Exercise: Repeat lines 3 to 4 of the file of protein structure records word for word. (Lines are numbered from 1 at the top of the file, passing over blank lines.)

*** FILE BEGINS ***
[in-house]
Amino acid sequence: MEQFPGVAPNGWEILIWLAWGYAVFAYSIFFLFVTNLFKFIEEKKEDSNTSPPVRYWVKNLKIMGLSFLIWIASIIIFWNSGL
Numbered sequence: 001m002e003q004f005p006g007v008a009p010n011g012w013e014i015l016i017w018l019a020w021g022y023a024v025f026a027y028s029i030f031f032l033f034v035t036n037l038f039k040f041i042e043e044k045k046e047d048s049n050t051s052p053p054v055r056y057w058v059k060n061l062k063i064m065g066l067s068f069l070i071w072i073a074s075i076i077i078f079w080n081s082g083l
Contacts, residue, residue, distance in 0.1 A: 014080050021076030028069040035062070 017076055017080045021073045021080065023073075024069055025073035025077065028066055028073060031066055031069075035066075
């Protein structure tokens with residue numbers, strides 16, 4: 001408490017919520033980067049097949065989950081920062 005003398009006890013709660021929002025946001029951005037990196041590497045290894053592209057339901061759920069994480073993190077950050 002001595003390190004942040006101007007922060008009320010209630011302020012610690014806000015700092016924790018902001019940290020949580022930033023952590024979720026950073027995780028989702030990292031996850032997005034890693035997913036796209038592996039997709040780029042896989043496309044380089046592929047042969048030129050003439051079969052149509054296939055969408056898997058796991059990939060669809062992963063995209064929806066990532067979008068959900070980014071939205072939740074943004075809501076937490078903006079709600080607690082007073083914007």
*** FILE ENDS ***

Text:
Numbered sequence: 001m002e003q004f005p006g007v008a009p010n011g012w013e014i015l016i017w018l019a020w021g022y023a024v025f026a027y028s029i030f031f032l033f034v035t036n037l038f039k040f041i042e043e044k045k046e047d048s049n050t051s052p053p054v055r056y057w058v059k060n061l062k063i064m065g066l067s068f069l070i071w072i073a074s075i076i077i078f079w080n081s082g083l
Contacts, residue, residue, distance in 0.1 A: 014080050021076030028069040035062070 017076055017080045021073045021080065023073075024069055025073035025077065028066055028073060031066055031069075035066075